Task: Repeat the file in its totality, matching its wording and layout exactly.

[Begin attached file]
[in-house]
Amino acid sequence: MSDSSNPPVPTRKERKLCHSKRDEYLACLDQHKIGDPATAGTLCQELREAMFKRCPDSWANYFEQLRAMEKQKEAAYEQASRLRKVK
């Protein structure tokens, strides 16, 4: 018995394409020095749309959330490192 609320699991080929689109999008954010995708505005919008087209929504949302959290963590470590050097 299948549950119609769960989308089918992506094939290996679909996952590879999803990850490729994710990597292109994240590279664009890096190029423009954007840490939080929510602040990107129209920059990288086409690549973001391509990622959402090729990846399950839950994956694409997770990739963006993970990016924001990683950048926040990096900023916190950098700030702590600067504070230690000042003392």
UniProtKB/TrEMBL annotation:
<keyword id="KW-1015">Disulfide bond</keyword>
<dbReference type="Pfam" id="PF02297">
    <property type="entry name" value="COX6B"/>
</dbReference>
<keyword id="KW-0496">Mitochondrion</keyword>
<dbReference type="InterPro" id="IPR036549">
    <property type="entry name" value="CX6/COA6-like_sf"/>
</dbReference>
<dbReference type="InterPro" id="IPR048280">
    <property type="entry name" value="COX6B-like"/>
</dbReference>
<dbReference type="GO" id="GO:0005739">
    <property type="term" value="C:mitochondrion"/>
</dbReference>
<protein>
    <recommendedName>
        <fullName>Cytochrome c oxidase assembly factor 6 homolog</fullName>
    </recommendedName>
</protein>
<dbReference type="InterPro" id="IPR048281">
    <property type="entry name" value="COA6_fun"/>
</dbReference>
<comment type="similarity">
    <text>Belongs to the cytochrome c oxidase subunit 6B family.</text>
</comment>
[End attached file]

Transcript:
[in-house]
Amino acid sequence: MSDSSNPPVPTRKERKLCHSKRDEYLACLDQHKIGDPATAGTLCQELREAMFKRCPDSWANYFEQLRAMEKQKEAAYEQASRLRKVK
């Protein structure tokens, strides 16, 4: 018995394409020095749309959330490192 609320699991080929689109999008954010995708505005919008087209929504949302959290963590470590050097 299948549950119609769960989308089918992506094939290996679909996952590879999803990850490729994710990597292109994240590279664009890096190029423009954007840490939080929510602040990107129209920059990288086409690549973001391509990622959402090729990846399950839950994956694409997770990739963006993970990016924001990683950048926040990096900023916190950098700030702590600067504070230690000042003392």
UniProtKB/TrEMBL annotation:
<keyword id="KW-1015">Disulfide bond</keyword>
<dbReference type="Pfam" id="PF02297">
    <property type="entry name" value="COX6B"/>
</dbReference>
<keyword id="KW-0496">Mitochondrion</keyword>
<dbReference type="InterPro" id="IPR036549">
    <property type="entry name" value="CX6/COA6-like_sf"/>
</dbReference>
<dbReference type="InterPro" id="IPR048280">
    <property type="entry name" value="COX6B-like"/>
</dbReference>
<dbReference type="GO" id="GO:0005739">
    <property type="term" value="C:mitochondrion"/>
</dbReference>
<protein>
    <recommendedName>
        <fullName>Cytochrome c oxidase assembly factor 6 homolog</fullName>
    </recommendedName>
</protein>
<dbReference type="InterPro" id="IPR048281">
    <property type="entry name" value="COA6_fun"/>
</dbReference>
<comment type="similarity">
    <text>Belongs to the cytochrome c oxidase subunit 6B family.</text>
</comment>